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DDD Strategic Design - Context Maps - Paulo Clavijo - April 2018

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Slides of a introductory talk to DDD Strategic Design - Context Maps

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DDD Strategic Design - Context Maps - Paulo Clavijo - April 2018

  1. 1. DDD Strategic Design Introduction to Context Maps Paulo Clavijo - April 2018DDD Guild - GSAD Dell-EMC
  2. 2. Domain-driven design - 10000 foot view
  3. 3. Strategic Design Ideally, it would be preferable to have a single, unified model. While this is a noble goal, in reality it typically fragments into multiple models. It is useful to recognize this fact of life and work with it. Strategic Design is a set of principles for maintaining model integrity, distillation of the Domain Model and working with multiple models. ● Context ● Distillation ● Large-Scale Structure
  4. 4. Model Integrity Patterns
  5. 5. Problem Space vs Solution Space Sales domain Booking domain Marketing domain Problem Space (real world) Solution Space (domain model) design process Booking context Sales context Marketing context
  6. 6. Dom Ap ic o Ser s AP /In ef In as c e Dat e Architecture do mo s he t , al p en po n a d co sa f e c
  7. 7. Bounded Context Multiple models are in play on any large project. Yet when code based on distinct models is combined, software becomes buggy, unreliable, and difficult to understand. Communication among team members becomes confusing. It is often unclear in what context a model should not be applied. Therefore: Explicitly define the context within which a model applies. Explicitly set boundaries in terms of team organization, usage within specific parts of the application, and physical manifestations such as code bases and database schemas. Keep the model strictly consistent within these bounds, but don’t be distracted or confused by issues outside. Domain-Driven Design, Eric Evans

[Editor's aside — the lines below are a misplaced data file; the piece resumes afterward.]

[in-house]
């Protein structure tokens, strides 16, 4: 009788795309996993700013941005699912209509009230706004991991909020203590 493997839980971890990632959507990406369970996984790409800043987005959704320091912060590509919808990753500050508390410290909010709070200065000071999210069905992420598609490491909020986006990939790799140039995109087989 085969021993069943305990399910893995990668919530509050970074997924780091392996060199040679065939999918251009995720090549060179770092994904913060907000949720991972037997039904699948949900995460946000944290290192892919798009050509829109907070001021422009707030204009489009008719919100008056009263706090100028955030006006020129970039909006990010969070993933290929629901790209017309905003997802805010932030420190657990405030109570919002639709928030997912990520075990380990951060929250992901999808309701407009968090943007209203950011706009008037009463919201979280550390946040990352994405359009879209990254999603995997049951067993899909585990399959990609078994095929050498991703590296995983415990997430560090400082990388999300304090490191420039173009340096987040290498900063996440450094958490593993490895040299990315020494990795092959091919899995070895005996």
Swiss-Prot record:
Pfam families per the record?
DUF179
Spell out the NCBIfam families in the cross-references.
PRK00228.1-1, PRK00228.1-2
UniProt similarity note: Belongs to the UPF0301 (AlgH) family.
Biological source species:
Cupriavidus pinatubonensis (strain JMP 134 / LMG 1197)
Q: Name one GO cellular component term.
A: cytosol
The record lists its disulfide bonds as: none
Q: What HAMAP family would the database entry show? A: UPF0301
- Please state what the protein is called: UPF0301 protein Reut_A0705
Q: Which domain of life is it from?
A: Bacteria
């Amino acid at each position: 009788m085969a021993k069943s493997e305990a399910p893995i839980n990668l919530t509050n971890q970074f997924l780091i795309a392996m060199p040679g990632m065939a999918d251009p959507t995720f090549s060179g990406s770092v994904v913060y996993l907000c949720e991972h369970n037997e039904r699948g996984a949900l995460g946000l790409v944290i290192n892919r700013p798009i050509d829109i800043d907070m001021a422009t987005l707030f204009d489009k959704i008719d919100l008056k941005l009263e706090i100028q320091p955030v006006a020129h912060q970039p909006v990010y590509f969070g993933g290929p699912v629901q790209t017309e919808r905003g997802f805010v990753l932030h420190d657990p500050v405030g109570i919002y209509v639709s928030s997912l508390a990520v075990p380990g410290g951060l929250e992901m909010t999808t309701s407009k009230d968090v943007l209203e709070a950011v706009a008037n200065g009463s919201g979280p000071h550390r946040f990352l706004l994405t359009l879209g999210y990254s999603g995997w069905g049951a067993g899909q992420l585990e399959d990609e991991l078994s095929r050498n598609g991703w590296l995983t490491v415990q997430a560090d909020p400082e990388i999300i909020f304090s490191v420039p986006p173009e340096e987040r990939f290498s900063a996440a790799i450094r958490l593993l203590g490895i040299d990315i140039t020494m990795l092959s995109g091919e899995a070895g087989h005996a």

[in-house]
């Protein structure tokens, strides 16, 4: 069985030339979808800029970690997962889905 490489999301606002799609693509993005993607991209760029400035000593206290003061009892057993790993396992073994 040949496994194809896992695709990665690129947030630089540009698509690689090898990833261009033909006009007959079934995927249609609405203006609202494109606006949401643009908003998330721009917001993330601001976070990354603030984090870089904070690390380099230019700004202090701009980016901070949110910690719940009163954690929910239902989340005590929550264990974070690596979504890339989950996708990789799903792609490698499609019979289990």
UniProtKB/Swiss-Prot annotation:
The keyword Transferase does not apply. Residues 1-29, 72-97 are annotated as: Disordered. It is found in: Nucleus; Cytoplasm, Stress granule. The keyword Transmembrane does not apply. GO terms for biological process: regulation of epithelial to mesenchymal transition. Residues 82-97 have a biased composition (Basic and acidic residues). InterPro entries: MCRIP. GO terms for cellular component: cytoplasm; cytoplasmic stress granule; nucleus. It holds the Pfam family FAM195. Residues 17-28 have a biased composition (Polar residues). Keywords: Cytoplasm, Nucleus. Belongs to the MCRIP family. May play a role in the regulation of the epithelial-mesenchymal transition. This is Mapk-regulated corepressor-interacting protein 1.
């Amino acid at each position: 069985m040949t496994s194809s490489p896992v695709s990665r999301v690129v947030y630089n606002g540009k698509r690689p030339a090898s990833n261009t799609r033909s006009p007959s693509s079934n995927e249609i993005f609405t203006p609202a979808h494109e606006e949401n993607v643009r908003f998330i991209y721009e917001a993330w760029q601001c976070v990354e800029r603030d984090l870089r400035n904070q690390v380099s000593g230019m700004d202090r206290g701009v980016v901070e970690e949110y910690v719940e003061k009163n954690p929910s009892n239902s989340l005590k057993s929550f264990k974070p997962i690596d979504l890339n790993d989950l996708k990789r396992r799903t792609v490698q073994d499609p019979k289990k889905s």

8. 8. Bounded Context Bounded Context gives team members a clear and shared understanding of what has to be consistent and what can develop independently Bounded Context Out of context Out of context Ubi o s L u g , un e an l om od Un e n u d o l
  9. 9. Bounded Context Large or complex models should be divided into bounded contexts where a model can be explicit by being understood in a specific context. customer message quote quote Sales context Booking context Marketing context notes customer address flight payment method newsletter customer loyalty booking paid flight cancelled booking
  10. 10. Big Ball of Mud Bounded Context
  11. 11. There is no direct one to one correlation between ● Domain - Context ● Context - Module ● Context - Micro-service Bounded Context
  12. 12. Context Map An individual bounded context leaves some problems in the absence of a global view. The context of other models may still be vague and in flux. People on other teams won’t be very aware of the context bounds and will unknowingly make changes that blur the edges or complicate the interconnections. When connections must be made between different contexts, they tend to bleed into each other. Therefore: Identify each model in play on the project and define its bounded context. This includes the implicit models of non-object-oriented subsystems. Name each bounded context, and make the names part of the ubiquitous language. Describe the points of contact between the models, outlining explicit translation for any communication and highlighting any sharing. Map the existing terrain. Domain-Driven Design, Eric Evans